Martha Manger was in the market for a new vice. Her doctor had just told her her allergies were caused by alcohol, and she became suddenly more willing to put new and maybe strange things into her body. That’s what she told her brother after the visit.
Martha’s brother, a recovering ayahuasca addict, understood her predicament and promised Acai Berry Smoothies would alter her state naturally. He was an authorized dealer and living proof that the ancient berry could fortify one’s chi, balance one’s chakras, and take years off the faces of all but the most severe chain-smokers. Martha bought two cases. But aside from making her bowel movements magically consistent, like down to the minute each morning, she didn’t notice a shift. And while consistent BMs were arguably a benefit, she needed something that would quiet the conversation in her head, the one about whether she had been too passive at work—or too pushy—and how she could be worried about the exact opposite things at the same time.
At the urging of a friend who thought acai was bullshit, she decided she’d give dicks a try. She’d never been much for men aside from a few formative experiences, but most of her friends swore by them. Dicks were plentiful and not costly, and she was delighted to find that whenever and wherever they were inside her, she felt a rush. Her days keeping books for the cancer hospital melted away and she thought of nothing other than her immediate, physical sensation. But D was also time-consuming. She wanted a “friends-with-benefits” arrangement, but many of the men pushed for more. Plus, D wasn’t as convenient as a drink, which she could pull from the shelf whenever the anxiety hit. Too often by the time she and a man found themselves alone together, she was already feeling better.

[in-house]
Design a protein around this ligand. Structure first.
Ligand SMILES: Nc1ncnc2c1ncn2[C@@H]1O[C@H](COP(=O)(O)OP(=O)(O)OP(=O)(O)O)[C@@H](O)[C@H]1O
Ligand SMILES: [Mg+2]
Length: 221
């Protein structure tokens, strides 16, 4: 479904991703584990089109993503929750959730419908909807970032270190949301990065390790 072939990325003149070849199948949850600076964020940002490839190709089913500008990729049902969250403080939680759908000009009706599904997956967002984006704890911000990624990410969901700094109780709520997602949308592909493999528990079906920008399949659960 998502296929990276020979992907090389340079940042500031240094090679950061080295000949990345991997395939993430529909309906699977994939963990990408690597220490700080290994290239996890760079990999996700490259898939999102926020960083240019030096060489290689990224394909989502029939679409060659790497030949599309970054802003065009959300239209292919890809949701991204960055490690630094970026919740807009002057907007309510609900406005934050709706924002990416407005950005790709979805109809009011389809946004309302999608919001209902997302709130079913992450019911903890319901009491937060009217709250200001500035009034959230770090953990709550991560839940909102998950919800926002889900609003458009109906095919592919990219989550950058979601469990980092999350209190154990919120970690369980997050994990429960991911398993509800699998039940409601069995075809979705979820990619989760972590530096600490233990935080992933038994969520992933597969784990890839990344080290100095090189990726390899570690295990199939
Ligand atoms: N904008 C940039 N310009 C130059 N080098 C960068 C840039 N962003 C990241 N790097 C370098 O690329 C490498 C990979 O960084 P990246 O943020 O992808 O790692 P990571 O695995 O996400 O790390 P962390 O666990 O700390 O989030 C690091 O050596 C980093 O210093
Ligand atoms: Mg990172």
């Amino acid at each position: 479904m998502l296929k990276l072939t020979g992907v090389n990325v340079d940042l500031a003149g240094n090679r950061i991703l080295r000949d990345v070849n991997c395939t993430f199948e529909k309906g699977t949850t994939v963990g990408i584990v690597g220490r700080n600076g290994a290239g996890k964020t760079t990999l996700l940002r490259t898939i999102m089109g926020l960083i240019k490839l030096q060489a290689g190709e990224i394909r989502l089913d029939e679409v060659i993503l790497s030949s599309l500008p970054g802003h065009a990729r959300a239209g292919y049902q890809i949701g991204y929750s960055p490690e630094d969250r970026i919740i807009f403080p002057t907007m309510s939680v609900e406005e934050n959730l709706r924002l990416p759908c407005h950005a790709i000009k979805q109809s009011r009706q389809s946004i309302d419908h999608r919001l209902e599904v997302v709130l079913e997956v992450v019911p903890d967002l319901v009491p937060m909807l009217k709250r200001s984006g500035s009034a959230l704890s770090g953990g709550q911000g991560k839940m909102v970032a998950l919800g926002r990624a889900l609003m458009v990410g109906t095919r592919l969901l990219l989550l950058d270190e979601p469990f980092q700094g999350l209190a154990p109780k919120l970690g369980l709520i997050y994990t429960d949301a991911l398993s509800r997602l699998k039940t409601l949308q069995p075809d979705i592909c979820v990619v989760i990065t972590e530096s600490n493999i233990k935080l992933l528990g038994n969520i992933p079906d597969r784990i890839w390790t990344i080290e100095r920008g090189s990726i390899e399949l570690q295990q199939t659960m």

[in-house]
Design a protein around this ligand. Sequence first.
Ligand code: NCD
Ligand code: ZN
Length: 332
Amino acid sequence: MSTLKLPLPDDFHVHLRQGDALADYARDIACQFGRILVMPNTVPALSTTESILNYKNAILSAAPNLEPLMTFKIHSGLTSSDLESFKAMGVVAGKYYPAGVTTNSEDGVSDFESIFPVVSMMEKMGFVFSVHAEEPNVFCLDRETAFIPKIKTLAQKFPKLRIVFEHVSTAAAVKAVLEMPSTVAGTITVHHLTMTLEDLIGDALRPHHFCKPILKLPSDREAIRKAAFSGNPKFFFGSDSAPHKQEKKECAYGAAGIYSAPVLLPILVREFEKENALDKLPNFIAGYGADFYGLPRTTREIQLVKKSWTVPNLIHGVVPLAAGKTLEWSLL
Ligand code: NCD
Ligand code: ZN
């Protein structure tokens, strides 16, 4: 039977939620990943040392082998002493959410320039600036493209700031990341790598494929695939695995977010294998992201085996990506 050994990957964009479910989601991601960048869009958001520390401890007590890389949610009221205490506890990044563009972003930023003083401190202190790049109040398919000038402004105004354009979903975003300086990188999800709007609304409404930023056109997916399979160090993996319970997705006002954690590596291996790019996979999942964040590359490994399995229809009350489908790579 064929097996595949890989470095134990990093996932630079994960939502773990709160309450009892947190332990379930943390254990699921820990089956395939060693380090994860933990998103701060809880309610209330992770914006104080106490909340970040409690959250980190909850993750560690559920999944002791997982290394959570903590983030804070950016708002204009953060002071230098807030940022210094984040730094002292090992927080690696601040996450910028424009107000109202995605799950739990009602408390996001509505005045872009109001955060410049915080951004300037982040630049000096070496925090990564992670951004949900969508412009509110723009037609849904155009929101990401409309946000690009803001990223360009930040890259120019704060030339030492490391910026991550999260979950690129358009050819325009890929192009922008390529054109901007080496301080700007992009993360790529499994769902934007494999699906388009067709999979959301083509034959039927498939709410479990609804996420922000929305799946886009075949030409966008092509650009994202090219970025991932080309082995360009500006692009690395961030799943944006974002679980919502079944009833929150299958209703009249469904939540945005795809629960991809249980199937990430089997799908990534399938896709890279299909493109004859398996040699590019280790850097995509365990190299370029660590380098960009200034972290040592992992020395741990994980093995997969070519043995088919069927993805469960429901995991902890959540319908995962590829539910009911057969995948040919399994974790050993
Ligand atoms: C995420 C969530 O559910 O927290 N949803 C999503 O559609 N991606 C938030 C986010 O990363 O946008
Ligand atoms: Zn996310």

While shopping at the supermarket not long after her last sex-date, she passed the Reddi-wip whipped cream and recalled her high school job working at Baskin Robbins, how they’d duck behind the counter and suck the nitrous from the cans for a quick high. She bought five cases. Only on the drive home she had a talk with herself about how brain cells weren’t a renewable resource. What now would she do with so many cans?
At home she tried the product—as it was intended at first. She loved the creamy taste of it and the silky feel, and thought, I have enough to swim in it! And then she thought, why not? She filled the bathtub with Reddi-wip, took off her clothes, and slipped in. She’d set two cans on the side of the tub and she ate the sweet foam straight from the nozzle. In her womb of cream, she stopped being able to discern where she ended and the topping began. She no longer wanted for a treat, something to make her feel better, but rather sensed that she had become the treat. It wasn’t something she put in her, as much as it was her. That’s what she forgot sometimes at work, all the good she did, all the talents she had that others relied on.
The next day she bought a palate of the Reddi-wip and stored it in her garage. She did sometimes allow herself a hit of nitrous on the worst days, but hey, nobody’s perfect. Why should she be any different?